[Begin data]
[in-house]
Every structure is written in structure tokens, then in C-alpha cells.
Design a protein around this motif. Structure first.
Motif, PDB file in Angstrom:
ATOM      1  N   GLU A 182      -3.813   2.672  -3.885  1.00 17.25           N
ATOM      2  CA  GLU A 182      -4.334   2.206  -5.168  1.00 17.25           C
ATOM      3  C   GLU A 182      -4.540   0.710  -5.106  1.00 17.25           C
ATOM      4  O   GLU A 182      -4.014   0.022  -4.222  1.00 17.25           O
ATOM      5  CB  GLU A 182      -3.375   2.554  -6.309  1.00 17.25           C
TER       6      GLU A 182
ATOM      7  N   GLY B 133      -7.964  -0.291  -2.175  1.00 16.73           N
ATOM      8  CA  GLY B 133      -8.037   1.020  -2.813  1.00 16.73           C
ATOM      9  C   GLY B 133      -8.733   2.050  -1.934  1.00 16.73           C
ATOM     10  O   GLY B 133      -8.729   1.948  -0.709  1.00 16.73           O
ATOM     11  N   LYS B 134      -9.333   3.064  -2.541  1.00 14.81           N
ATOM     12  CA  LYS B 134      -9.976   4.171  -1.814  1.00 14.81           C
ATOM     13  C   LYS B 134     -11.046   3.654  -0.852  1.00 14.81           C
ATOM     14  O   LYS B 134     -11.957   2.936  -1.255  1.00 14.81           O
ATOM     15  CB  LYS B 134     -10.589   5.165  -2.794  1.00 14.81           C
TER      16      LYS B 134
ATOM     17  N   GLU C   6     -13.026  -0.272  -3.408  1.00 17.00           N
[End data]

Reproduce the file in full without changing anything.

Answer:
[in-house]
Every structure is written in structure tokens, then in C-alpha cells.
Design a protein around this motif. Structure first.
Motif, PDB file in Angstrom:
ATOM      1  N   GLU A 182      -3.813   2.672  -3.885  1.00 17.25           N
ATOM      2  CA  GLU A 182      -4.334   2.206  -5.168  1.00 17.25           C
ATOM      3  C   GLU A 182      -4.540   0.710  -5.106  1.00 17.25           C
ATOM      4  O   GLU A 182      -4.014   0.022  -4.222  1.00 17.25           O
ATOM      5  CB  GLU A 182      -3.375   2.554  -6.309  1.00 17.25           C
TER       6      GLU A 182
ATOM      7  N   GLY B 133      -7.964  -0.291  -2.175  1.00 16.73           N
ATOM      8  CA  GLY B 133      -8.037   1.020  -2.813  1.00 16.73           C
ATOM      9  C   GLY B 133      -8.733   2.050  -1.934  1.00 16.73           C
ATOM     10  O   GLY B 133      -8.729   1.948  -0.709  1.00 16.73           O
ATOM     11  N   LYS B 134      -9.333   3.064  -2.541  1.00 14.81           N
ATOM     12  CA  LYS B 134      -9.976   4.171  -1.814  1.00 14.81           C
ATOM     13  C   LYS B 134     -11.046   3.654  -0.852  1.00 14.81           C
ATOM     14  O   LYS B 134     -11.957   2.936  -1.255  1.00 14.81           O
ATOM     15  CB  LYS B 134     -10.589   5.165  -2.794  1.00 14.81           C
TER      16      LYS B 134
ATOM     17  N   GLU C   6     -13.026  -0.272  -3.408  1.00 17.00           N